Confusion

A saintly man, it is said. Invincible ignorance, very probably. Still, J S Bach had no right to a Catholic funeral.

Another very confused blog post from a rather confused blogger priest, who will not profit financially – as he normally does – from a link here.

The priest in question feels his duty to criticise those Catholics who point out to a very simple truth: Protestants cannot receive a Catholic funeral in any way, shape or form. This is not me, or my cat, or Mrs Johnson down the road. This is Canon Law and, even before that, it is common sense.

Canon Law – and Catholicism, comes to that – is not about emoting; it is about thinking. A Protestant cannot have a Catholic funeral because, with his dying a Protestant, he has visibly put himself for all the world to see outside of that (only) Church outside of which there is no salvation.

Now, it can happen – I do not know how rarely; but I do know that it would be senseless temerity and self-righteous arrogance for anyone to presume he does not need to convert – that the dude or dudette in question does die within the Church, because that very Christ to Whom the final decision is given admits him to be part of the only Church in the last moment of his or her life, and the dude or dudette therefore dies a Catholic and avoids hell. But the fact remains that for the world he has died a Proddie, and therefore he will still – whether he has saved his backside from eternal barbecuing, or not – not be entitled to a Catholic funeral, lest scandal be given.

Is this so difficult to grasp? No. It makes perfect sense. Until one stops thinking and starts emoting.

Then, this person will reflect that the deceased Proddie might have been – as human standards go – a better man, a more faithful husband, a more thoroughly recycling and better driving citizen than the Catholic small crook who died on the same day after a life of expedients, but in the fear of the Lord and at peace with Him. Which, the reasoning goes, would not justify the double standard and make it unjust, or unreasonable, or too “pre-age of Mercy”.

But this is not an argument. There is a double standard for those “in” or “out” of the Church because there is only one Church; and this Church makes – she must make, if she is to be the Church – a very clear distinction between in and out, and must attach to it a concrete risk of horrible, eternal consequences for those who choose to die… out.

In this respect – that is: considering whether one died in or out – how “good” one was is neither here nor there. He wasn't good enough to be entitled to a Catholic funeral, for sure, and he should be happy enough if he has saved his ass; which, seeing his death as a Protestant, is ipso facto uncertain.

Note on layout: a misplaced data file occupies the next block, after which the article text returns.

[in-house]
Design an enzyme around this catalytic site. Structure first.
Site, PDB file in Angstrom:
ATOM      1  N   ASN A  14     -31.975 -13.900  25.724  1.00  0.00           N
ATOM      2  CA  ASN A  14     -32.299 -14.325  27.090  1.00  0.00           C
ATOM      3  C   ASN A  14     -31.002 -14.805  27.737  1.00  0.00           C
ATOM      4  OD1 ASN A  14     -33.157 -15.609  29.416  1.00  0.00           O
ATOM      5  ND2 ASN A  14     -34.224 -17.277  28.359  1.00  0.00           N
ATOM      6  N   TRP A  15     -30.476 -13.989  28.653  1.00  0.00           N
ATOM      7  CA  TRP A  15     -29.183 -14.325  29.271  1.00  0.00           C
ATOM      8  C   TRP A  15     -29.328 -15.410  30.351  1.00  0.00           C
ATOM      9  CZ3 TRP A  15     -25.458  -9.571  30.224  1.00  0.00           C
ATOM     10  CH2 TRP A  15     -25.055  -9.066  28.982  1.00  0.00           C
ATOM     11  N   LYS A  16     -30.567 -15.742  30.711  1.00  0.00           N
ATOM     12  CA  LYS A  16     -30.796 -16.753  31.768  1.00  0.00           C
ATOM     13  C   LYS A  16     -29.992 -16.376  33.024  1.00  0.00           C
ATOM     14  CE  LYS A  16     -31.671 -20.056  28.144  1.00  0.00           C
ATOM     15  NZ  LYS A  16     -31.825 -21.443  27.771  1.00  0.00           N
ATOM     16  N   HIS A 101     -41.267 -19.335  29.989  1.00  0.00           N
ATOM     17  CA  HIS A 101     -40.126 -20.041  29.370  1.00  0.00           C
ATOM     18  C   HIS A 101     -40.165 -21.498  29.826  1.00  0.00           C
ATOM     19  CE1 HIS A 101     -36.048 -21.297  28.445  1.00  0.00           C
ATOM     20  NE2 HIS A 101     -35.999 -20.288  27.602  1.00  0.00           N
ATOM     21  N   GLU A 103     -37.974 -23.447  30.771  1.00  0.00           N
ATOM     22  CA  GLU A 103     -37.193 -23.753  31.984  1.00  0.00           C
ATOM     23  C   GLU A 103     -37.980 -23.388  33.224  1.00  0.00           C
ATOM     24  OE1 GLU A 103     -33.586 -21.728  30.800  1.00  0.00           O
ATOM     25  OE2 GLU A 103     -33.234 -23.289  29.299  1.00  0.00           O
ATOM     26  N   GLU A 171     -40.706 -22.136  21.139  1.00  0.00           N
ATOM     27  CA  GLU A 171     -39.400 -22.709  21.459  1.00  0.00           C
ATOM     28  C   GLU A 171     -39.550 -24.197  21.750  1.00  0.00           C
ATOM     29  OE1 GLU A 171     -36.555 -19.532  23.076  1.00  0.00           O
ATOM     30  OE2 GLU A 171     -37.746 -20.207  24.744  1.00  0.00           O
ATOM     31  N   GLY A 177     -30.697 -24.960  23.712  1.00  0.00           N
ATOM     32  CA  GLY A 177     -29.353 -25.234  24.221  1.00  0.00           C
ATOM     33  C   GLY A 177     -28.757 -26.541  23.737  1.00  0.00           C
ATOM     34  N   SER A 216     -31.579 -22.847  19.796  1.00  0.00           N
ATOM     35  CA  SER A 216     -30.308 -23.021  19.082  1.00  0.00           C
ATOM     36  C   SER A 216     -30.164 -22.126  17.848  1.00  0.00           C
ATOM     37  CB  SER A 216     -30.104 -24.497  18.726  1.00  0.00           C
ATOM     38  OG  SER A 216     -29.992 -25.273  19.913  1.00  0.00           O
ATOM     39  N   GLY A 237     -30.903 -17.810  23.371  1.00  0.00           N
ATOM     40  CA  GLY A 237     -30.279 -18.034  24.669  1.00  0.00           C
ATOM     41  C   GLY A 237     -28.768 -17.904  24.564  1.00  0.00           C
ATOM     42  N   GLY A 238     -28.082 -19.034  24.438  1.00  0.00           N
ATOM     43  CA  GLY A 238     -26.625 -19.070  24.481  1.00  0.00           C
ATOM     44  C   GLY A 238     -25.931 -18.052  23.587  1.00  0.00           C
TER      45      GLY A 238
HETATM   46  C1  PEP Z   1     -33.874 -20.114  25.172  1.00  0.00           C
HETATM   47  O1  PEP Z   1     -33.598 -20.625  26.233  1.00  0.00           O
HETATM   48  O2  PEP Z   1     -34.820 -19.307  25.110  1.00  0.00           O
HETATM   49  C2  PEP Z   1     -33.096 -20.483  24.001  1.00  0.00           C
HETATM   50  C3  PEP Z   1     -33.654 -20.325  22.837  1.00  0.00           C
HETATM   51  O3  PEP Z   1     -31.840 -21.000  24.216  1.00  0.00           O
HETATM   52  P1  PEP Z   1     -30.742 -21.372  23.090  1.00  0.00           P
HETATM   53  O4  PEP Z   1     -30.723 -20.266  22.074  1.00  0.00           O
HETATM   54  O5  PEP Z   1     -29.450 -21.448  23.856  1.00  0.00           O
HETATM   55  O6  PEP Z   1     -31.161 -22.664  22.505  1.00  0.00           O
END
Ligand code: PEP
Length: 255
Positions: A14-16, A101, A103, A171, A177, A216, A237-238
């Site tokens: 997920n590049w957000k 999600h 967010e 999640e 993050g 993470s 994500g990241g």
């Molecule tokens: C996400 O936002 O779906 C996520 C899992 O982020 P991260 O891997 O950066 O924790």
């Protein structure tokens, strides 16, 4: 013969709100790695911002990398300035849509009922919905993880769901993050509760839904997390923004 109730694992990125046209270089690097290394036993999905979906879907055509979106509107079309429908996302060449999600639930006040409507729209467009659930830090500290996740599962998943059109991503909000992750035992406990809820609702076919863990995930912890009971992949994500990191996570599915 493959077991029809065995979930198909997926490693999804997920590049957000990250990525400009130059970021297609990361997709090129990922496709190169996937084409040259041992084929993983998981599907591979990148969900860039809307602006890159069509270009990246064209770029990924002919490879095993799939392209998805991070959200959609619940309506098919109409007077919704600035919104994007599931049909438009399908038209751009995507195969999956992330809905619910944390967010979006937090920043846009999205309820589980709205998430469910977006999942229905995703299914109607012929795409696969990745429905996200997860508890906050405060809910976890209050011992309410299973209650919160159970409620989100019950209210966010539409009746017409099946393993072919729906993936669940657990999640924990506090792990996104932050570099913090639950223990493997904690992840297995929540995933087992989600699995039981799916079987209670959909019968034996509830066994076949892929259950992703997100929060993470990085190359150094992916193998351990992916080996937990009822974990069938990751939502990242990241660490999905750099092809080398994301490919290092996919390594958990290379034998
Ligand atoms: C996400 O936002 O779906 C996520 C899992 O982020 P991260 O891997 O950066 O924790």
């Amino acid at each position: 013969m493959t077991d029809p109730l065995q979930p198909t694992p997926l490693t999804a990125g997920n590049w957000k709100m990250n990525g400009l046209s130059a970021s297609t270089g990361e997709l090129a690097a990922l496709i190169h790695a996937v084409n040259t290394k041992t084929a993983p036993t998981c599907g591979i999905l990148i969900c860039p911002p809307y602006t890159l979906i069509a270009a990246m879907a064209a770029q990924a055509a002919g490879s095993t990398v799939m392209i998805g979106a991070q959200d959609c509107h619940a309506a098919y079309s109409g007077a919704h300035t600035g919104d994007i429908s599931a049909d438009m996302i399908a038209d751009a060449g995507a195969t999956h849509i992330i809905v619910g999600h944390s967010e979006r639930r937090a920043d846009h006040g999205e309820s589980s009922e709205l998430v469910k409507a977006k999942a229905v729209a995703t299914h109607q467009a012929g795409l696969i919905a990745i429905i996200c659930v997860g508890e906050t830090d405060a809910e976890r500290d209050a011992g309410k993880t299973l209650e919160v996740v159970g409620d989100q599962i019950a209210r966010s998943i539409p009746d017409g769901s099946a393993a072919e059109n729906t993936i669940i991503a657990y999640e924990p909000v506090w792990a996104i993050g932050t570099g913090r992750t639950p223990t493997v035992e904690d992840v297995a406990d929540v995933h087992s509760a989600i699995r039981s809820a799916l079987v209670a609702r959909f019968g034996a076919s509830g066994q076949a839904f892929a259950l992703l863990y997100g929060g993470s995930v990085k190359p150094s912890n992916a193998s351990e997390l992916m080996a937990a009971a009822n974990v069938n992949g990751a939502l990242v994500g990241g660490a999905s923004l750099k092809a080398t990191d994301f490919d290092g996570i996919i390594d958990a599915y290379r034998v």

This mentality that “goodness”, not right thinking and right choices, entitles one to something – a Catholic funeral but, by extension, salvation; which is the big underlying issue, and the one that gives rise to the prohibition – is a very emotional, very irrational, and very effeminate one. It is the thinking of the emoting wussie, who does not get that adults make choices and pay the consequences.

The atheist “missionary” who spends his life fighting Ebola and dies in his atheism will still go to hell, because the offence to God of dying in one's atheism is infinitely – as in: infinitely – graver than any brownie point his humanitarian activity might earn him in one million lives. It is humanitarian effort without God, and therefore without any charity, and therefore voiding – as far as the issue of salvation is concerned – any contrary argument.

Is this difficult to understand? No. Is it rational? Quite. Is it uncomfortable to hear? You bet.

But this is what Catholicism is: as hard and as beautiful as a diamond. He is wise who understands that the diamond will not become soft for the sake of the Protestant glass. He is a fool who thinks that he is quality glass, and the diamond will have to yield to him.

Those who understand Truth know what the Church is: a barque helping us, wretched sinner as we all are, to cross the perilous sea of our sinful lives and safely reach the opposite shore. What profits the Proddie that he is a better swimmer than most Catholics on the barque if he is still out there, in the cold, swimming? Many a swimmer dies, who thought he had no need for the barque. Many a horrible swimmer lives, who with the grace of God understood where he had to be in order not to perish in the cold water of sin. The Protestant “virtuous” man may fancy himself better able to face the cold water; he can, in fact, be undoubtedly the better swimmer. I do not doubt many of them are. But in the end, he is still there, swimming alone in the cold, whilst the awful swimmer was smart enough to stay or get on the boat. Many a virtuous swimmer will, therefore, perish; and many an awful one safely reach the other shore one day.

Ultimately, then, who is the more virtuous? Since when has it become virtuous to be a heretic? Invincible ignorance certainly excuses; but if we look around us we will see very little of it, and an awful lot of presumption and arrogance or, if you prefer, a lot of idiots who want to swim alone because they think they are too good for the Barque, which is so full of hideous sinners, or uncomfortable rules, or both.

At the end of the day Heretic is who heretic does, and heresy can never be good, or pleasing to God, or in any way desirable. It is not cruel or unreasonable that the Church refuses a Catholic funeral to those who die in their heresy. It would be cruel and unreasonable if she did otherwise, because in this case the Church Herself would set up to massively confuse the faithful about what is right and what is wrong.